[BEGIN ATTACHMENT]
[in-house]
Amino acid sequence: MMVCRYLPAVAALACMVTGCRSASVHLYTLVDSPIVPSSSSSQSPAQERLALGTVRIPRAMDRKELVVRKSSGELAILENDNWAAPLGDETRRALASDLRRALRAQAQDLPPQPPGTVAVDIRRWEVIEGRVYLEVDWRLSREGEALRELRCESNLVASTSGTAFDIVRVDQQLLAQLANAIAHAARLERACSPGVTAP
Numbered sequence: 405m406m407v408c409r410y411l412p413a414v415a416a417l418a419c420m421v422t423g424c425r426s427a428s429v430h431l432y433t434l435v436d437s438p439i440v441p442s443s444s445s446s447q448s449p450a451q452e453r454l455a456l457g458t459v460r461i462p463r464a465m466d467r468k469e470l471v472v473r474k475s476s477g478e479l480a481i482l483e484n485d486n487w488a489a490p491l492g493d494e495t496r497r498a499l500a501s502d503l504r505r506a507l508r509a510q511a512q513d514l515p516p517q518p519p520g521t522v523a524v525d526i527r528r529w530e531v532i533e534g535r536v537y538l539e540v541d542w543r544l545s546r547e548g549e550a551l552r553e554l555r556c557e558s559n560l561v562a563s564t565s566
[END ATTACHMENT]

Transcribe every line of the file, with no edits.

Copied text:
[in-house]
Amino acid sequence: MMVCRYLPAVAALACMVTGCRSASVHLYTLVDSPIVPSSSSSQSPAQERLALGTVRIPRAMDRKELVVRKSSGELAILENDNWAAPLGDETRRALASDLRRALRAQAQDLPPQPPGTVAVDIRRWEVIEGRVYLEVDWRLSREGEALRELRCESNLVASTSGTAFDIVRVDQQLLAQLANAIAHAARLERACSPGVTAP
Numbered sequence: 405m406m407v408c409r410y411l412p413a414v415a416a417l418a419c420m421v422t423g424c425r426s427a428s429v430h431l432y433t434l435v436d437s438p439i440v441p442s443s444s445s446s447q448s449p450a451q452e453r454l455a456l457g458t459v460r461i462p463r464a465m466d467r468k469e470l471v472v473r474k475s476s477g478e479l480a481i482l483e484n485d486n487w488a489a490p491l492g493d494e495t496r497r498a499l500a501s502d503l504r505r506a507l508r509a510q511a512q513d514l515p516p517q518p519p520g521t522v523a524v525d526i527r528r529w530e531v532i533e534g535r536v537y538l539e540v541d542w543r544l545s546r547e548g549e550a551l552r553e554l555r556c557e558s559n560l561v562a563s564t565s566